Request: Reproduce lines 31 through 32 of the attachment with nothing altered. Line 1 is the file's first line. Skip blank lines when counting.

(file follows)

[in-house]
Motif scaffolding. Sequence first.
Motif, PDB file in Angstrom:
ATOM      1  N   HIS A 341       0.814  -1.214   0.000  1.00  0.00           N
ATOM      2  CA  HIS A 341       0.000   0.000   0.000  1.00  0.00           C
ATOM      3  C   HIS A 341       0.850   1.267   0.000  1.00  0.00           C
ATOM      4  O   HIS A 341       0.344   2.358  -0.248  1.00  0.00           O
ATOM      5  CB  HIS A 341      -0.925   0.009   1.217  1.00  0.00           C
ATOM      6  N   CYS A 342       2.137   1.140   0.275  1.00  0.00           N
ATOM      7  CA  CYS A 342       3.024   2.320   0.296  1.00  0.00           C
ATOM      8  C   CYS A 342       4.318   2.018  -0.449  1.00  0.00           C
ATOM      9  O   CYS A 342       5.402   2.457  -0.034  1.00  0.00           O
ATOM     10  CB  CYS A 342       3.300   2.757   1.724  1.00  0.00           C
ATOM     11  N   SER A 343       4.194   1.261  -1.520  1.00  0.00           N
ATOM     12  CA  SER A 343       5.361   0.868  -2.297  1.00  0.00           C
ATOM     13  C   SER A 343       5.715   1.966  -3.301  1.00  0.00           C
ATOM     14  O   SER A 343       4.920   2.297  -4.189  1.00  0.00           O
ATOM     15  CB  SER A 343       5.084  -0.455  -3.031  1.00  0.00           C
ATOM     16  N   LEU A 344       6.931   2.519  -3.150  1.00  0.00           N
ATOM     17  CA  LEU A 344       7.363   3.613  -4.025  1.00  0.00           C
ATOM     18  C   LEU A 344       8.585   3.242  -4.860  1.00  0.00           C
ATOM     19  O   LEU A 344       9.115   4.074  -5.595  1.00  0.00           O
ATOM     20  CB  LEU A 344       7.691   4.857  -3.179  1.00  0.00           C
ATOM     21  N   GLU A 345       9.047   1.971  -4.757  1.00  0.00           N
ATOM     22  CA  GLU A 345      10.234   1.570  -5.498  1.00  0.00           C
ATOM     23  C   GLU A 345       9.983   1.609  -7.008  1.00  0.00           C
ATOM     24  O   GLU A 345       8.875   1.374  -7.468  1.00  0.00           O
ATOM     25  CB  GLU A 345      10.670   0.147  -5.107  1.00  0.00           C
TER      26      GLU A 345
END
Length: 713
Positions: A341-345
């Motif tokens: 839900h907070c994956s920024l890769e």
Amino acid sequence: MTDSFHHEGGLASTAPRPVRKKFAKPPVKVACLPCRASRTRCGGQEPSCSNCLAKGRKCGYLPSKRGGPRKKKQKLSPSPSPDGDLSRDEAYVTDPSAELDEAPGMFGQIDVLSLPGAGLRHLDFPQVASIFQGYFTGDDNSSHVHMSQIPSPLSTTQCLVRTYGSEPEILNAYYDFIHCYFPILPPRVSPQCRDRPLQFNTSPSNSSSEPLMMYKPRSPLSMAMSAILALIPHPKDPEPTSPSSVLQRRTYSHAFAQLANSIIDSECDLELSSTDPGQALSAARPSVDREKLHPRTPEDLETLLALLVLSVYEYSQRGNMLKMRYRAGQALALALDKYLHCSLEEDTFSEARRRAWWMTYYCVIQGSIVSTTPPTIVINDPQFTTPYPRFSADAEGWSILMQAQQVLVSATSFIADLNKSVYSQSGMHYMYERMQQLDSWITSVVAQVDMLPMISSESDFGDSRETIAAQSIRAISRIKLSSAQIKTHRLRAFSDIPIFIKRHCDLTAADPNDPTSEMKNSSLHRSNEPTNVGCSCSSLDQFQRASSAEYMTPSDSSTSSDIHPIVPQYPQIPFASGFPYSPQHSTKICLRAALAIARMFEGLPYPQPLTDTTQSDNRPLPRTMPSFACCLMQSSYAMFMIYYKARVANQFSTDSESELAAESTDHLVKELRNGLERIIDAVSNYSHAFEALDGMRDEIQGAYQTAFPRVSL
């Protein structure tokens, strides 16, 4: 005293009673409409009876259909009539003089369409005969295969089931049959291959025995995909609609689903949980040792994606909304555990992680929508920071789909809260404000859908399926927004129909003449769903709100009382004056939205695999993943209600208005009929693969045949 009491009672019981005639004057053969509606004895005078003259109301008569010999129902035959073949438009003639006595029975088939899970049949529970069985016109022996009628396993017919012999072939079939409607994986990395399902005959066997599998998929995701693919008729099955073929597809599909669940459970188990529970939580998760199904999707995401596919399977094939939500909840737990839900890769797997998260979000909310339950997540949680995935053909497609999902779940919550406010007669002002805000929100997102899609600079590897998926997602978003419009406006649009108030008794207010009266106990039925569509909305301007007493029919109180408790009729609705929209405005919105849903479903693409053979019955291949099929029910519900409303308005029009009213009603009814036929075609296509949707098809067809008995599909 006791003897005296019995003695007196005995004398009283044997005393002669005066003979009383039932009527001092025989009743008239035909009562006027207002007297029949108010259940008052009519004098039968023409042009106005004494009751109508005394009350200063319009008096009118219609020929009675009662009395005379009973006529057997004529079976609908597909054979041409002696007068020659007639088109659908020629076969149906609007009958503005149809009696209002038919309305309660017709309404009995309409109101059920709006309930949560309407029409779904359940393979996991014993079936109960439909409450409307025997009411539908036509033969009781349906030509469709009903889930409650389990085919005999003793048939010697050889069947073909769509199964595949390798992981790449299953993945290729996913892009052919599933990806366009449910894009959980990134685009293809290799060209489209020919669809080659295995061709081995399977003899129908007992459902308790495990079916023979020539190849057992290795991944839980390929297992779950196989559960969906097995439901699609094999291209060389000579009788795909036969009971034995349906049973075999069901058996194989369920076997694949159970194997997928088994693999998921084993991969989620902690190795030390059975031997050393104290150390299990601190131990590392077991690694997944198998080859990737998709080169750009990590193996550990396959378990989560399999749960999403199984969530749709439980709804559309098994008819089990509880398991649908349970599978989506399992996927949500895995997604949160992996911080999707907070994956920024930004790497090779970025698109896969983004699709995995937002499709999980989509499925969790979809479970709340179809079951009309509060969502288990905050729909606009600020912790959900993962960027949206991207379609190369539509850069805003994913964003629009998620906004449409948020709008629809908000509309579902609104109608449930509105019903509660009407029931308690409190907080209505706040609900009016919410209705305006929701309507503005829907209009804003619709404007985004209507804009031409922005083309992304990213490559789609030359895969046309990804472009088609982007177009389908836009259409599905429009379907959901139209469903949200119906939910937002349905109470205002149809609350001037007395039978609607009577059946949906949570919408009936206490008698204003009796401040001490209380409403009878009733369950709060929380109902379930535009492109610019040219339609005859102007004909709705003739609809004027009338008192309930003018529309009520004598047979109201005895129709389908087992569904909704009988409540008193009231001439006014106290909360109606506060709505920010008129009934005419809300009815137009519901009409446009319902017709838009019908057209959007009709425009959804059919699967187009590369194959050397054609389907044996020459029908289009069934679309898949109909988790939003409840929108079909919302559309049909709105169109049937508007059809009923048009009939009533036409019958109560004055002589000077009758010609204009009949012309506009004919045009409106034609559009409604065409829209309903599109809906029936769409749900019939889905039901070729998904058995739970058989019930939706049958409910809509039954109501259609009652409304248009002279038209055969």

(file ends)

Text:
Length: 713
Positions: A341-345